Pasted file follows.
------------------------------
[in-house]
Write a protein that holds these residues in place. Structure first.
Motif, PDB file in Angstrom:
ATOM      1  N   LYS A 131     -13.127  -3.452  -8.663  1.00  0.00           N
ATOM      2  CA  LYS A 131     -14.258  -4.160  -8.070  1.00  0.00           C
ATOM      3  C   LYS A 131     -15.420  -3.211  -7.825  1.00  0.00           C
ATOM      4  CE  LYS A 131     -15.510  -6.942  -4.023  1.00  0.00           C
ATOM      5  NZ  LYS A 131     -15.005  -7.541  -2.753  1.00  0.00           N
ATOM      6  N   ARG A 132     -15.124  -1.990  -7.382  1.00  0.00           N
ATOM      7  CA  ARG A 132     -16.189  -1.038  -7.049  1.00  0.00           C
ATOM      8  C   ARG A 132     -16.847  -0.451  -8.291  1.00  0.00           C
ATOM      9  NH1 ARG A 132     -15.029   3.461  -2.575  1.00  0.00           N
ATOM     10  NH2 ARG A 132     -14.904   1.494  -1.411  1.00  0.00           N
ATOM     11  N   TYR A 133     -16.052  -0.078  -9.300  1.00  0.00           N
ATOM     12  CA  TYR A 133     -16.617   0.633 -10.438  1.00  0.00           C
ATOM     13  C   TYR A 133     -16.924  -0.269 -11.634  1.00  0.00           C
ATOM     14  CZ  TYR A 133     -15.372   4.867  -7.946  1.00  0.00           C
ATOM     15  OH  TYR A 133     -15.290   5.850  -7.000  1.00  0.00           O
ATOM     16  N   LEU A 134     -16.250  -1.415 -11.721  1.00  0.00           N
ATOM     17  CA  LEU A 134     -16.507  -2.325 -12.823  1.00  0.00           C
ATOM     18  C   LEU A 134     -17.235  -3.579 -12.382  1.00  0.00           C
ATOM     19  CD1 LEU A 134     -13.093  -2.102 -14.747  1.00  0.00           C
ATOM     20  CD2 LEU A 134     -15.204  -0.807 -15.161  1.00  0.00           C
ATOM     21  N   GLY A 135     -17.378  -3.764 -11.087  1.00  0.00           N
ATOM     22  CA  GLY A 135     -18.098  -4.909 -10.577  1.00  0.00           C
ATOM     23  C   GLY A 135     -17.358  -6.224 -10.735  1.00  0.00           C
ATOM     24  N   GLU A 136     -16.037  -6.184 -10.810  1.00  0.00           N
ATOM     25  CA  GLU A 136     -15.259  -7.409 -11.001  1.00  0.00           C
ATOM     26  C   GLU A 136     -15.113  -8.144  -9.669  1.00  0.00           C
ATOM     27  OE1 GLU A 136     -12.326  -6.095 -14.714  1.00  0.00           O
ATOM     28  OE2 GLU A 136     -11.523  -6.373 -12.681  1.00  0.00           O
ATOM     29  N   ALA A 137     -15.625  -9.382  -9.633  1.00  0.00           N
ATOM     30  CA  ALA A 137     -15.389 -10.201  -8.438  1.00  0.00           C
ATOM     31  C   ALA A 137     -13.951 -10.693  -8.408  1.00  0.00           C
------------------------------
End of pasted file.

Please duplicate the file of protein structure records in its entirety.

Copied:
[in-house]
Write a protein that holds these residues in place. Structure first.
Motif, PDB file in Angstrom:
ATOM      1  N   LYS A 131     -13.127  -3.452  -8.663  1.00  0.00           N
ATOM      2  CA  LYS A 131     -14.258  -4.160  -8.070  1.00  0.00           C
ATOM      3  C   LYS A 131     -15.420  -3.211  -7.825  1.00  0.00           C
ATOM      4  CE  LYS A 131     -15.510  -6.942  -4.023  1.00  0.00           C
ATOM      5  NZ  LYS A 131     -15.005  -7.541  -2.753  1.00  0.00           N
ATOM      6  N   ARG A 132     -15.124  -1.990  -7.382  1.00  0.00           N
ATOM      7  CA  ARG A 132     -16.189  -1.038  -7.049  1.00  0.00           C
ATOM      8  C   ARG A 132     -16.847  -0.451  -8.291  1.00  0.00           C
ATOM      9  NH1 ARG A 132     -15.029   3.461  -2.575  1.00  0.00           N
ATOM     10  NH2 ARG A 132     -14.904   1.494  -1.411  1.00  0.00           N
ATOM     11  N   TYR A 133     -16.052  -0.078  -9.300  1.00  0.00           N
ATOM     12  CA  TYR A 133     -16.617   0.633 -10.438  1.00  0.00           C
ATOM     13  C   TYR A 133     -16.924  -0.269 -11.634  1.00  0.00           C
ATOM     14  CZ  TYR A 133     -15.372   4.867  -7.946  1.00  0.00           C
ATOM     15  OH  TYR A 133     -15.290   5.850  -7.000  1.00  0.00           O
ATOM     16  N   LEU A 134     -16.250  -1.415 -11.721  1.00  0.00           N
ATOM     17  CA  LEU A 134     -16.507  -2.325 -12.823  1.00  0.00           C
ATOM     18  C   LEU A 134     -17.235  -3.579 -12.382  1.00  0.00           C
ATOM     19  CD1 LEU A 134     -13.093  -2.102 -14.747  1.00  0.00           C
ATOM     20  CD2 LEU A 134     -15.204  -0.807 -15.161  1.00  0.00           C
ATOM     21  N   GLY A 135     -17.378  -3.764 -11.087  1.00  0.00           N
ATOM     22  CA  GLY A 135     -18.098  -4.909 -10.577  1.00  0.00           C
ATOM     23  C   GLY A 135     -17.358  -6.224 -10.735  1.00  0.00           C
ATOM     24  N   GLU A 136     -16.037  -6.184 -10.810  1.00  0.00           N
ATOM     25  CA  GLU A 136     -15.259  -7.409 -11.001  1.00  0.00           C
ATOM     26  C   GLU A 136     -15.113  -8.144  -9.669  1.00  0.00           C
ATOM     27  OE1 GLU A 136     -12.326  -6.095 -14.714  1.00  0.00           O
ATOM     28  OE2 GLU A 136     -11.523  -6.373 -12.681  1.00  0.00           O
ATOM     29  N   ALA A 137     -15.625  -9.382  -9.633  1.00  0.00           N
ATOM     30  CA  ALA A 137     -15.389 -10.201  -8.438  1.00  0.00           C
ATOM     31  C   ALA A 137     -13.951 -10.693  -8.408  1.00  0.00           C